Pre-Contest Predictions: 2010
It is my understanding that there are seven “favorites” this year, i.e., songs that have a high chance of winning the Contest: Denmark, Armenia, Azerbaijan, Israel, Germany, Croatia, and Slovakia. Each of these countries have a more than fair shot at winning , and compelling reasons that they will fail.
Denmark: Probably the top favorite this year, the Danes are sending a middle of the road contemporary pop song in A Moment Like This performed by Chanée & N’Evergreen. This has a wide appeal, but for every fan who likes this song or hates this song, there are two that are tepid. That’s a whole lot of lukewarm people! The Danes will probably get votes because people feel that they have to vote for them, not necessarily because they have the best song, not to mention N’Evergreen is a big star in Russia, meaning that bordering countries probably also love him.
Armenia: One of the more anticipated entries due to the uncommonly high interest the Armenian national selection. Eva Rivas carried her nation’s national selection with the song Apricot Stone, with the support of Lys Assia. The song seems to be an unoffensive ballad (in the traditional sense, in that it is a song that tells a story); however, it seems to be a call to arms for diaspora voting. The singer, herself, said that the song is about not forgetting one’s roots and returning to one’s homeland, if just in your heart. But maybe I am reading too much into this interpretation.
Azerbaijan: Often referred to as the most overrated act this year, the “Land of Fire” will be represented by Drip Drop performed by Safura. All of a sudden, any female who wants to sing R&B is a Beyoncé rip-off? What a joke! R&B has been around long before Beyoncé was born and will survive long after she’s dead and forgotten. People are trying to find ways of putting down the Azerbaijani entry without any real evidence of the song being poor; this should stop! However, there is a lot of money and publicity being thrown at this entry, meaning that it is probably weaker than the bookies are letting on. What’s the old saying, “the more something’s advertised, the less you need it.”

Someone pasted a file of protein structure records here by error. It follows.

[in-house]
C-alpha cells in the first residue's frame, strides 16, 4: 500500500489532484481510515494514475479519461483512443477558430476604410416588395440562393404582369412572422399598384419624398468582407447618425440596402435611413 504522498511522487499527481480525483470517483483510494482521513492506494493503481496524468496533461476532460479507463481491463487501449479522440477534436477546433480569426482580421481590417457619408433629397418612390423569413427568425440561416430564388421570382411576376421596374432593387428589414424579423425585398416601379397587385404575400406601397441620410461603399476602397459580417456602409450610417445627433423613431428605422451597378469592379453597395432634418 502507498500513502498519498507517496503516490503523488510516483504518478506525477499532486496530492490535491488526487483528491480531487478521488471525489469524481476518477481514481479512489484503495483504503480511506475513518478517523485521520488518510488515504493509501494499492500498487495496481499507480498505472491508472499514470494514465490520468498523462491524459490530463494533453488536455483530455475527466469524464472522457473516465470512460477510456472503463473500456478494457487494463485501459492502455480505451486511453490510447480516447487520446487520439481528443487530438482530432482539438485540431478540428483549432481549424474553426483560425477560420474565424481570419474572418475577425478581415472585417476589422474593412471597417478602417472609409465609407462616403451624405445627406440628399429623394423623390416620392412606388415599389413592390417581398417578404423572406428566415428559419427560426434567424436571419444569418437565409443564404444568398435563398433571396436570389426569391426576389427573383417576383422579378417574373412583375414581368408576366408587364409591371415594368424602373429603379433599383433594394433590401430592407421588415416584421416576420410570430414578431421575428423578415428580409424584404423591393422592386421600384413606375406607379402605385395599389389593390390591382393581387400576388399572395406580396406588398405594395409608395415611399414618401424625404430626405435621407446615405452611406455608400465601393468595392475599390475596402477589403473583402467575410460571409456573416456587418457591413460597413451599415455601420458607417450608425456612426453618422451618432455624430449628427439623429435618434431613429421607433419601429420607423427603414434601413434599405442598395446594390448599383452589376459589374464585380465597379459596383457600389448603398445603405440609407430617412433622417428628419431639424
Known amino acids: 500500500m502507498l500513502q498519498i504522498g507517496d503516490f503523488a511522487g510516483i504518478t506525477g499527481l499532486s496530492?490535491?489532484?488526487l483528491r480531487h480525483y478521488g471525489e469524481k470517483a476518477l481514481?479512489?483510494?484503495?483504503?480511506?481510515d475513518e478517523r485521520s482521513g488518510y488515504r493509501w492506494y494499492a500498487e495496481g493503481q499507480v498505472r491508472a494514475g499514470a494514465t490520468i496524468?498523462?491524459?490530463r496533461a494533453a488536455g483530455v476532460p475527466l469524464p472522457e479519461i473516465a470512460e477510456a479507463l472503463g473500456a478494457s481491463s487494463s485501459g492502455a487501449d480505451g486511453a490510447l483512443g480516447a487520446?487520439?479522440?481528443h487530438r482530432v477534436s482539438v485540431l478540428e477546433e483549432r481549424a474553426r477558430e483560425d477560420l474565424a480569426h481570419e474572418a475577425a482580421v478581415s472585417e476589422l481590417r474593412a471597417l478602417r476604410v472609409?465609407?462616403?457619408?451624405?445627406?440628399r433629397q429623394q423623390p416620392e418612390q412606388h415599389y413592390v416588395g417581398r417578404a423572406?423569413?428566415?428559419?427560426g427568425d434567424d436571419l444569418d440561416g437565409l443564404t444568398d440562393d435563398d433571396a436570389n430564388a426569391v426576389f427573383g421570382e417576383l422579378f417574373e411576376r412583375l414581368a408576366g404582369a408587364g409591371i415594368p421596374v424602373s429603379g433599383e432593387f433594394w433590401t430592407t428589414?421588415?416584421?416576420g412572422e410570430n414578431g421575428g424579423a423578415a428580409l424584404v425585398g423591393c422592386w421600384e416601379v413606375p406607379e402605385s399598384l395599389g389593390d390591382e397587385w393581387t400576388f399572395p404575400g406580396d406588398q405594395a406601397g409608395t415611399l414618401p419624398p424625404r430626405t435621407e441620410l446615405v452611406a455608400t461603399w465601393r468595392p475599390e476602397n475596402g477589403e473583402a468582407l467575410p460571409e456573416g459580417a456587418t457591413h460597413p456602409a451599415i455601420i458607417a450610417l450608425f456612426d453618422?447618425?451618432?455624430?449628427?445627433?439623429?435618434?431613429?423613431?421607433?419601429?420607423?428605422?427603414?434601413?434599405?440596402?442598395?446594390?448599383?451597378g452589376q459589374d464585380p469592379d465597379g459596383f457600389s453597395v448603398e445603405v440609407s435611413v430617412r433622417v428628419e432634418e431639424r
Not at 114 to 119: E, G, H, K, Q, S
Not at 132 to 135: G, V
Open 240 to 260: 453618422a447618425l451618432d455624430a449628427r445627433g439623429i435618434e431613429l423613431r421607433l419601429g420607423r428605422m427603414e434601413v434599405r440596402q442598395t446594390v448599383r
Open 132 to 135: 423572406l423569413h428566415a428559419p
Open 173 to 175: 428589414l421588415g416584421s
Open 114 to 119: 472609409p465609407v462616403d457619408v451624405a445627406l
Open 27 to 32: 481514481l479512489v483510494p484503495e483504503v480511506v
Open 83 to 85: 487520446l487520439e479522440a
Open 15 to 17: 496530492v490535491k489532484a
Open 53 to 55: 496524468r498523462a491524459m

Israel: The Middle East nation is being represented by Milim performed by Harel Skaat. He’s a cute boy singing one of this year’s many ballads. Has anyone else noticed that all of Skaat’s songs sound the same, or is it just me? I listened to the four songs that lost at K’dam, and had a hard time telling them a part from one another. With that said, no one’s stock has dropped hotter than Israel’s. When Milim was first selected, just about every news outlet predicted that it would be a winner; now you would be hard pressed to find this prediction outside of the Harel Skaat fan club. However, the song remains popular on fan sites and among the bookies, and hey! I like Mr. Skaat.
Germany: Satellite performed by Lena is the German entrant this year. From what I gathered, this is a very contemporary song without being weird, which accounts for its high popularity; is it finally time for the Teutonic colors to fly during the ESC winner reprise once again? How can the only country with the most particpations (54 this year) have only a single victory? Germany has a tendency to send things that are very American in sound. From big band (2009, 2007) to girl group bubble gum pop (2008) to country (2006) to blue-eyed soul (2004), Germany seems to be searching for the right answer on this side of the Atlantic. Just last year, they shook two half-naked Americans at their troubles, and still failed to get past 20th place. That’s not to say that USA spells trouble at the ESC. This year, the Germans are looking to taking advantage of the “indie” sound that has become so popular in the US over the past five years. However, this year, the German entry has been very well received despite its American sound. There is concern regarding whether Lena can handle the pressure of performing on the ESC stage, only time will tell.